Tolerance to cannabinoid agonists can develop through desensitization of the cannabinoid receptor 1 (CB 1 ) following prolonged administration. Desensitization results from phosphorylation of CB 1 by a G protein-coupled receptor kinase (GRK), and subsequent association of the receptor with arrestin. Mice expressing a mutant form of CB 1 , in which the serine residues at two putative phosphorylation sites necessary for desensitization have been replaced by non-phosphorylatable alanines (S426A/S430A), display reduced tolerance to Δ 9 -tetrahydrocannabinol (Δ 9 -THC). Tolerance to the antinociceptive effects of WIN55,212-2 was delayed in S426A/S430A mutants using the tail-flick and formalin tests. However, tolerance to the antinociceptive effects of once daily CP55,940 injections was not significantly delayed in S426A/S430A mutant mice using either of these tests. Interestingly, the dose response curve shifts for the hypothermic and antinociceptive effects of CP55,940 that were induced by chronic treatment with this agonist in wild-type mice were blocked in S426A/S430A mutant mice. Assessment of mechanical allodynia in mice exhibiting chronic cisplatin-evoked neuropathic pain found that tolerance to the anti-allodynic effects WIN55,212-2 but not CP55,940 was delayed in S426A/S430A mice compared to wild-type littermates. Despite these deficits in tolerance, S426A/S430A mutant mice eventually developed tolerance to both WIN55,212-2 and CP55,940 for all pain assays that were examined, suggesting that other mechanisms likely contribute to tolerance for these cannabinoid agonists. These findings suggest that GRK- and βarrestin2-mediated desensitization of CB 1 may strongly contribute to the rate of tolerance to the antinociceptive effects of WIN55,212-2, and raises the possibility of agonist-specific mechanisms of cannabinoid tolerance.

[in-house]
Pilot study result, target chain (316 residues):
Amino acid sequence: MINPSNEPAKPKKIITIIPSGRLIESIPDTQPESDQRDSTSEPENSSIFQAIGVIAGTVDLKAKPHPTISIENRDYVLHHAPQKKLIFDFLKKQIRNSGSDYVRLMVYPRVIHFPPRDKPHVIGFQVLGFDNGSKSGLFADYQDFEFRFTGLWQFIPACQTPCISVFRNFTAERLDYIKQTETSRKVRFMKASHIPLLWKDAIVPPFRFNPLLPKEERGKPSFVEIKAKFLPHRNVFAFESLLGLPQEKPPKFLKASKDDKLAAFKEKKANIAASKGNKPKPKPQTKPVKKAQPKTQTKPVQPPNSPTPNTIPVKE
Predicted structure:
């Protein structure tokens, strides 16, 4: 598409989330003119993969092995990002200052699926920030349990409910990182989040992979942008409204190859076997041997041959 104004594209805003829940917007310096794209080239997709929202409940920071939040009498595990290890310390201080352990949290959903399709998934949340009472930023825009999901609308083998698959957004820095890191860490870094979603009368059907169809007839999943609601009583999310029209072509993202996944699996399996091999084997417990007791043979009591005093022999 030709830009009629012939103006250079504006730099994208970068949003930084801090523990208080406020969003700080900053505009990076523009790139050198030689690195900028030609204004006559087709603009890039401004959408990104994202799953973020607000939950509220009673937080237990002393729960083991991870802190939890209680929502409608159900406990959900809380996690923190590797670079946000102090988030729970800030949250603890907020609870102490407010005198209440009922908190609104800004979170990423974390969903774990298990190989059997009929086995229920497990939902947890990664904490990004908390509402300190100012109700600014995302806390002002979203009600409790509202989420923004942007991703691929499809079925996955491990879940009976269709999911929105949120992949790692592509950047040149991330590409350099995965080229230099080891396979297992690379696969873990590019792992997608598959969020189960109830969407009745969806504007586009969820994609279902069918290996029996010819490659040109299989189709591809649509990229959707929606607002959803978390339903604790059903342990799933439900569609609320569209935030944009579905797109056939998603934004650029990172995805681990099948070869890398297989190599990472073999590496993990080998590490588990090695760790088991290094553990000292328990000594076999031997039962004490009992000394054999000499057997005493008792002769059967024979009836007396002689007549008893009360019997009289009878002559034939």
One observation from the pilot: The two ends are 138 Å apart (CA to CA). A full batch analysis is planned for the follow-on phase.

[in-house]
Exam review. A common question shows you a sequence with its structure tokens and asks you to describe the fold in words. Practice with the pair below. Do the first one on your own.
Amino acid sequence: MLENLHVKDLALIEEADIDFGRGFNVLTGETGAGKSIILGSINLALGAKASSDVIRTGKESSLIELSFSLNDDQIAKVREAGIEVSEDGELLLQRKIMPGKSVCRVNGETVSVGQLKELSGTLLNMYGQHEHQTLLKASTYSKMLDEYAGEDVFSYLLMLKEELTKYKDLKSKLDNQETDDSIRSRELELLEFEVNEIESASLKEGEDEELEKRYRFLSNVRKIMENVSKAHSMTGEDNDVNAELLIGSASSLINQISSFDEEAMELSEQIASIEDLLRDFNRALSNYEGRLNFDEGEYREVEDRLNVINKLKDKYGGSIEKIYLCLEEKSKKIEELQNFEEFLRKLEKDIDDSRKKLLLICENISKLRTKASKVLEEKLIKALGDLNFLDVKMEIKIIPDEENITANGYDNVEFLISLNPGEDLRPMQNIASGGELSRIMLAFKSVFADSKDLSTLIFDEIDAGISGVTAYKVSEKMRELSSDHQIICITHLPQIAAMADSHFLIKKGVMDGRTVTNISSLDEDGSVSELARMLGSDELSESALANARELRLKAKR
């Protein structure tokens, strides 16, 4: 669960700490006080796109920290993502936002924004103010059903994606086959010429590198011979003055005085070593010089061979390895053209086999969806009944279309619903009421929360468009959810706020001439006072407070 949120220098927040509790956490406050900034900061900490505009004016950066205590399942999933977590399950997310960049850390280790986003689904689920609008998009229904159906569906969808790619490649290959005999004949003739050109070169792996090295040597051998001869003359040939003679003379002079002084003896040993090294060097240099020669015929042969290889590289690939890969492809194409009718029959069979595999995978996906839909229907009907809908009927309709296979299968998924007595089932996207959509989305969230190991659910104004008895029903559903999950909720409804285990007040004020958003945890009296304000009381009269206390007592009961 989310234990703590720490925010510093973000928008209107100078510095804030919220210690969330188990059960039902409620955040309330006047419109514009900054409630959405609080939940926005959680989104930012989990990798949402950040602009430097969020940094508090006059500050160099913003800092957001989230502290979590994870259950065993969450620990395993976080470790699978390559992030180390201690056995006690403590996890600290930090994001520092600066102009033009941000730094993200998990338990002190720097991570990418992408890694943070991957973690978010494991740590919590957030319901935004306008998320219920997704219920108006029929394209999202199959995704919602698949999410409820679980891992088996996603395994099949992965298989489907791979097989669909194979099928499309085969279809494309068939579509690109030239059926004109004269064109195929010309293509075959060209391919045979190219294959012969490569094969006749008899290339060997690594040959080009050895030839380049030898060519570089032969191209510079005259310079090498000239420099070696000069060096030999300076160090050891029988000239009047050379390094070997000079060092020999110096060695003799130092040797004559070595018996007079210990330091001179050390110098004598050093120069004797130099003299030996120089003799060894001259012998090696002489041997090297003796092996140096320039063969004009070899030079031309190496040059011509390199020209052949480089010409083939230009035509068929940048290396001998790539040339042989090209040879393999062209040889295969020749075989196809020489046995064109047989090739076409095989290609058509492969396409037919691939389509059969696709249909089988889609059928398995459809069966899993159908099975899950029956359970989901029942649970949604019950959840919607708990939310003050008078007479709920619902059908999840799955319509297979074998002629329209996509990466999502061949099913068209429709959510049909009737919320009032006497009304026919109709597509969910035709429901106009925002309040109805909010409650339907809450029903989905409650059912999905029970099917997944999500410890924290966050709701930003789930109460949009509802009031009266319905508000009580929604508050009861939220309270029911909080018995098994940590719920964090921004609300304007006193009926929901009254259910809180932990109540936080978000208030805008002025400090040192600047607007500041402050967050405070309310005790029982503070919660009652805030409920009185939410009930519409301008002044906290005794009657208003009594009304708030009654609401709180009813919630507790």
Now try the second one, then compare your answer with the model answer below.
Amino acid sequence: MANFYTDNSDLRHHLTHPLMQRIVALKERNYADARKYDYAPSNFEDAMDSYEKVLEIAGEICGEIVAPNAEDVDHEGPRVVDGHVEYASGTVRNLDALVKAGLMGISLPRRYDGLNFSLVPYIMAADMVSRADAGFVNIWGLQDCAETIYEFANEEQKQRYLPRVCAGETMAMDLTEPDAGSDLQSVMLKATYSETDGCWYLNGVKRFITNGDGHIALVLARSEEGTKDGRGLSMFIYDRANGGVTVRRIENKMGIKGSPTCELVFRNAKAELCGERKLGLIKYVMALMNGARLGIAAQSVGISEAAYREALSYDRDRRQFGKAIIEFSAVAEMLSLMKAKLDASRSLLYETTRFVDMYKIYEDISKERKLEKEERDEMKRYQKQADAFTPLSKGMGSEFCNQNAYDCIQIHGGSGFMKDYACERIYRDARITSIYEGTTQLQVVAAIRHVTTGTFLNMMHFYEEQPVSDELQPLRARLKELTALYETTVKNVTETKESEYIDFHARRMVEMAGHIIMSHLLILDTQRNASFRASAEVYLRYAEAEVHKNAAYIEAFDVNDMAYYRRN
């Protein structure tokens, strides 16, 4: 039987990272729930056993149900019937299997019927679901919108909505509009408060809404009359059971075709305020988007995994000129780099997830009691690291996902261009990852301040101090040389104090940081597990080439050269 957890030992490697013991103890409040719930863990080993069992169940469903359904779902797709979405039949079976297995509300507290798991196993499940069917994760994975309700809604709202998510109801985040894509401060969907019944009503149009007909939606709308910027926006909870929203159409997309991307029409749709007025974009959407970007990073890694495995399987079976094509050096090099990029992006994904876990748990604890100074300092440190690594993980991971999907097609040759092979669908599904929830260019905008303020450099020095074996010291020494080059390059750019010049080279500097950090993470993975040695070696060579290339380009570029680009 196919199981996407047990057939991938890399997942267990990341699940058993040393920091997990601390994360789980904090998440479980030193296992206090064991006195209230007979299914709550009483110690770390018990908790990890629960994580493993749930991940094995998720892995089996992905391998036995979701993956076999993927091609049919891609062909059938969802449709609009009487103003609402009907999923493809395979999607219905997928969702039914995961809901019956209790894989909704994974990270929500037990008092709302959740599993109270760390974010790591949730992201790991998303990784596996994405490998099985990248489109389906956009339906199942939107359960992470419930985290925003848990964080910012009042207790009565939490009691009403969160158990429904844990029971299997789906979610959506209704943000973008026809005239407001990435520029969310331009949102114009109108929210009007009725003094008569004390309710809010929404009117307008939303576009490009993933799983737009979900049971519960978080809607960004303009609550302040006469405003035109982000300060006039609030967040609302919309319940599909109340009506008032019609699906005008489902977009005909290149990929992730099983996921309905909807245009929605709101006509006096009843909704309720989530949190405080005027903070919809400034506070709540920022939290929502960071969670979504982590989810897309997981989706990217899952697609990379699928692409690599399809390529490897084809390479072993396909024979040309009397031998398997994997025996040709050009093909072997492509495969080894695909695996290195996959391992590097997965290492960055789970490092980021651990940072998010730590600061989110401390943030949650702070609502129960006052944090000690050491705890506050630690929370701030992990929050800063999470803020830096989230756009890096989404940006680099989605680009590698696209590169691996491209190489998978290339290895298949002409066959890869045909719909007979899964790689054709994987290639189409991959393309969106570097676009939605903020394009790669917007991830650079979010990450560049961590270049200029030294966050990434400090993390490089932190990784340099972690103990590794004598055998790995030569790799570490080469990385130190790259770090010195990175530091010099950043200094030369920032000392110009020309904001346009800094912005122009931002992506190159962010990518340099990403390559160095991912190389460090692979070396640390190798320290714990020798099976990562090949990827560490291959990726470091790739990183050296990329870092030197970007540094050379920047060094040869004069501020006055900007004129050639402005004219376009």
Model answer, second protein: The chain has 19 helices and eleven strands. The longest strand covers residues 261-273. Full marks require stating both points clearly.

All Science Journal Classification (ASJC) codes
- Cellular and Molecular Neuroscience